People with problems in their vision may want to purchase an iPad now, as a new study found that the device may help people see better.
Experts estimate that the bulk of elderly people with age-related vision loss is about one in three adults over 50 years old and above. In Canada, particularly, that translates to about 3.6 million people.
People with difficulty in their vision commonly use adaptive tools to help magnify objects and text as they use and read them respectively. However, the problem is, these specialized devices are quite expensive, heavy and serve no other purpose but to enlarge materials.
Now, researchers from Concordia University in Montreal found a possibly better way to deal with vision loss among these population - Apple iPads. These tablets are cheaper, more multi-functional and definitely smaller than traditional magnifying devices. The best part is, it is as effective as traditional visual aid tools, yet not as as overwhelming as robotic gloves, in helping people see better.
Weighing The Effects Of iPads On Vision
The study involved 100 subjects aged between 24 and 97 years old. Nearly more than half of the participants have been diagnosed with age-related macular degeneration, which derails people's detailed visual tasks such as reading.
The participants completed questionnaires and underwent some tests so that the researchers will be able to determine their visual ability.
Study first author Elliott Morrice says majority of the subjects found it hard to read small and medium-sized text, while nearly a quarter of them reported that they found reading larger text much easier - a finding that is not surprising at all.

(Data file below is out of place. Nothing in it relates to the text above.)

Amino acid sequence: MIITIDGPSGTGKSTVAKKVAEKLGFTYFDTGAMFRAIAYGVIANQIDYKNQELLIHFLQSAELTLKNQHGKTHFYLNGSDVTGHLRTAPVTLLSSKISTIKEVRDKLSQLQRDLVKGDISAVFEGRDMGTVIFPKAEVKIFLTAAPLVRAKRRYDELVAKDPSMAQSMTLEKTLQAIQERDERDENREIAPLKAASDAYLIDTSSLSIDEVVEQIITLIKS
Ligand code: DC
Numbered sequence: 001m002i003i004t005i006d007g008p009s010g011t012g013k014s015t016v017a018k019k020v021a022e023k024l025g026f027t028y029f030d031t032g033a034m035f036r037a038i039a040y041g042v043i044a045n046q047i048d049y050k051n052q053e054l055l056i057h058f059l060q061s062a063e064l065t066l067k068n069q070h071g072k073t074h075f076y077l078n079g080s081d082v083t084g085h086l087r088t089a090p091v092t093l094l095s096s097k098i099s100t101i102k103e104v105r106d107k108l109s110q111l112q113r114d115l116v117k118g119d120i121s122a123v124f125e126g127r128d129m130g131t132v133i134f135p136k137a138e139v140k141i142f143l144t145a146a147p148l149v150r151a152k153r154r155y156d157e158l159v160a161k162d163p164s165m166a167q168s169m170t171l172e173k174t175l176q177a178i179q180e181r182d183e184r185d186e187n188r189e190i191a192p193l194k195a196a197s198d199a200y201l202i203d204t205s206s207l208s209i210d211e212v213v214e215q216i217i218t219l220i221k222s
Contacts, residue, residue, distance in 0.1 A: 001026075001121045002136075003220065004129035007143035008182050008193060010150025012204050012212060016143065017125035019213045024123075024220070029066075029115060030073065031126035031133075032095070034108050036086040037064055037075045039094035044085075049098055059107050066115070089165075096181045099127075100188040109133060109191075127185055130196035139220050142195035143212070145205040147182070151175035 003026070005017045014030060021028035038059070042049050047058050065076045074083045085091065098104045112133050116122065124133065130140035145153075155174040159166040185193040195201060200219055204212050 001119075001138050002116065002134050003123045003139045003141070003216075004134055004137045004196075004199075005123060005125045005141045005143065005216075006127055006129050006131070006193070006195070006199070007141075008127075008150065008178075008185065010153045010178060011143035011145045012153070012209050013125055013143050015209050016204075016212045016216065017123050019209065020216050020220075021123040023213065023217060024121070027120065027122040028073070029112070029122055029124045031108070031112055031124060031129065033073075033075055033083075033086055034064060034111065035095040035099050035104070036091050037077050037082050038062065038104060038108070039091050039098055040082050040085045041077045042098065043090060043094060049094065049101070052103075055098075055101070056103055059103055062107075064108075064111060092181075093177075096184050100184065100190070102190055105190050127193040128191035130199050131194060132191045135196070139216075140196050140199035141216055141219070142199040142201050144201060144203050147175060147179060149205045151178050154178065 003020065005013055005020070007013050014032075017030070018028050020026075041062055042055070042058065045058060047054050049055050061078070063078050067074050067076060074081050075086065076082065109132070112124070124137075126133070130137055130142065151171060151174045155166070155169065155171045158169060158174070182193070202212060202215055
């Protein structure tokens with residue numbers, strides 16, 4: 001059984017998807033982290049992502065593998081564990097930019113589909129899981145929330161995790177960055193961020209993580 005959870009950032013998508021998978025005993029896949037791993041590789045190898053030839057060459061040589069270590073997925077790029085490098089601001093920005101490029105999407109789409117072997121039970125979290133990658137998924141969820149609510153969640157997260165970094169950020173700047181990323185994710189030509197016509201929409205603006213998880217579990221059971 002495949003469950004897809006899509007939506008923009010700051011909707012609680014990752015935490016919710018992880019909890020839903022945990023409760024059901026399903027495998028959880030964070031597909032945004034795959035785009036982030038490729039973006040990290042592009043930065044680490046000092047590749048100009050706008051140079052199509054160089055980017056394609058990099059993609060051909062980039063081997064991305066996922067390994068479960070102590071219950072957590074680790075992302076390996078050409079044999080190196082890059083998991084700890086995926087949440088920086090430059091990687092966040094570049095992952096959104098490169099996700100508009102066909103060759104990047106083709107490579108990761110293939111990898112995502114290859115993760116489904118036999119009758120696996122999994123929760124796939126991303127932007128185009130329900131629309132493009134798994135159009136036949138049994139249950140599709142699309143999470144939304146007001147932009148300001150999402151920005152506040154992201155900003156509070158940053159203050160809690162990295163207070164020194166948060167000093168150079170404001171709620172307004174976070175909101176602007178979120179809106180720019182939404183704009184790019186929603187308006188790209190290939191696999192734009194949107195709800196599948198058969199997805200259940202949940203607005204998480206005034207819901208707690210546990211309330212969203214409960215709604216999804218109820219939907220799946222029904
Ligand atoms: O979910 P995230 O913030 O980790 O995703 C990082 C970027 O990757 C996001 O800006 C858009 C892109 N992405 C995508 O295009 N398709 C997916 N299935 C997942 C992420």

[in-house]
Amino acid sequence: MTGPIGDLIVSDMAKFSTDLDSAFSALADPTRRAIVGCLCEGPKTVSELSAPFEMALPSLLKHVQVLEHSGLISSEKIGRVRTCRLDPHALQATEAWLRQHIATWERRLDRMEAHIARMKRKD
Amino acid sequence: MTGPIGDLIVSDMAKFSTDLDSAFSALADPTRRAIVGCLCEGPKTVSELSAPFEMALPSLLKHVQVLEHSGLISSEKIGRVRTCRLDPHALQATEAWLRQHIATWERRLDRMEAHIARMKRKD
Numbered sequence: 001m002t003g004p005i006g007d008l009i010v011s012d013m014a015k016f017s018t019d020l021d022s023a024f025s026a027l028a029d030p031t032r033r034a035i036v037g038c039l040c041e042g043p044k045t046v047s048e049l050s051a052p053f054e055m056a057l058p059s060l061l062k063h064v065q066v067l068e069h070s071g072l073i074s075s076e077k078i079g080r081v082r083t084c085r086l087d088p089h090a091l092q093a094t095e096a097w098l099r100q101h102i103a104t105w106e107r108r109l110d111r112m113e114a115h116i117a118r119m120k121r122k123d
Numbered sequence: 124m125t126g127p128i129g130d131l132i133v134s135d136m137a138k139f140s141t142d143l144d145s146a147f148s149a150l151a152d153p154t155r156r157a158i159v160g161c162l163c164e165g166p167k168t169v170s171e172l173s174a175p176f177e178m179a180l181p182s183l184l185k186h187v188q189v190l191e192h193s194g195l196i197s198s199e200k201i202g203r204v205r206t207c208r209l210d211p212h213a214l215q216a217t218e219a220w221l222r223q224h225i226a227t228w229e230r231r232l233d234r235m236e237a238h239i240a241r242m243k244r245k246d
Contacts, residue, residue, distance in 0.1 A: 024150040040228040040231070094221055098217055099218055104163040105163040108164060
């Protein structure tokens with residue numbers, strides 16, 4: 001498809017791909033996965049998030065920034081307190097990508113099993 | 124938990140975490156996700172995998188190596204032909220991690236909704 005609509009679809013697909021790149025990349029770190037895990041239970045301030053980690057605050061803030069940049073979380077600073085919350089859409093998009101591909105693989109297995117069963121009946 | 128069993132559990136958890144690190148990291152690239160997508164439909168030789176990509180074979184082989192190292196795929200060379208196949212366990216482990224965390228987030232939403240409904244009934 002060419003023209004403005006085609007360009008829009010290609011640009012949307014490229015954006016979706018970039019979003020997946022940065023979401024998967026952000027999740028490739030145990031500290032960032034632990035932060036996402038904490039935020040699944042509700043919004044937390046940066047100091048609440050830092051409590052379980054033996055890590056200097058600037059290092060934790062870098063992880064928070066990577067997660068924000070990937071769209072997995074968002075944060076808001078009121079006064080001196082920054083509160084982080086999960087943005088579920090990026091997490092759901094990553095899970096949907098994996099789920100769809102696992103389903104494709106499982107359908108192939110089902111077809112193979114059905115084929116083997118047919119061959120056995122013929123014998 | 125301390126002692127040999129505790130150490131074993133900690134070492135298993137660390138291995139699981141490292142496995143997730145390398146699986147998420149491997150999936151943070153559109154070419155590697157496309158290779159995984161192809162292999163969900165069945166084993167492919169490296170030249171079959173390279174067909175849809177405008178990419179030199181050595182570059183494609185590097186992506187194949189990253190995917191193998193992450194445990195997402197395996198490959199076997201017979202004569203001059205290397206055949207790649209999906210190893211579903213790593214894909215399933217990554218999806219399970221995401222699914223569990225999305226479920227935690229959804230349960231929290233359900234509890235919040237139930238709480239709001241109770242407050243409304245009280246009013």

Next, the scientists compared how using iPads and traditional magnifying devices vary. They particularly wanted to find out if there would be a discrepancy between the participants' reading rates when using the two different tools.
Such experiment yielded a much more interesting result as the researchers were not able to note significant differences between using an iPad and using a traditional visual aid device such as a closed circuit television system (CCTV).
Another interesting finding is that when the team looked into the participants' past experiences, they found that people who have been using iPads before can read 30 words per minute faster than those who have just used iPads for the first time. However, there were no notable differences between the results of people who have been using and who have just used a CCTV for the first time.
The results of the study may not only serve as good news for people with vision problems. It may also pave the way for patients to live without the stigma associated with using large, old-fashioned and unpopular magnifying devices that suggest disability or impairment.
"Tablet computers offer many of the same benefits while being socially acceptable," says senior author Aaron Johnson.
With iPads, elderly people with vision problems may also take advantage of the many different things they can do with the touchscreen device. They can check emails, engage in social media and make video calls - all these and more for a relatively cheaper price than traditional visual aids.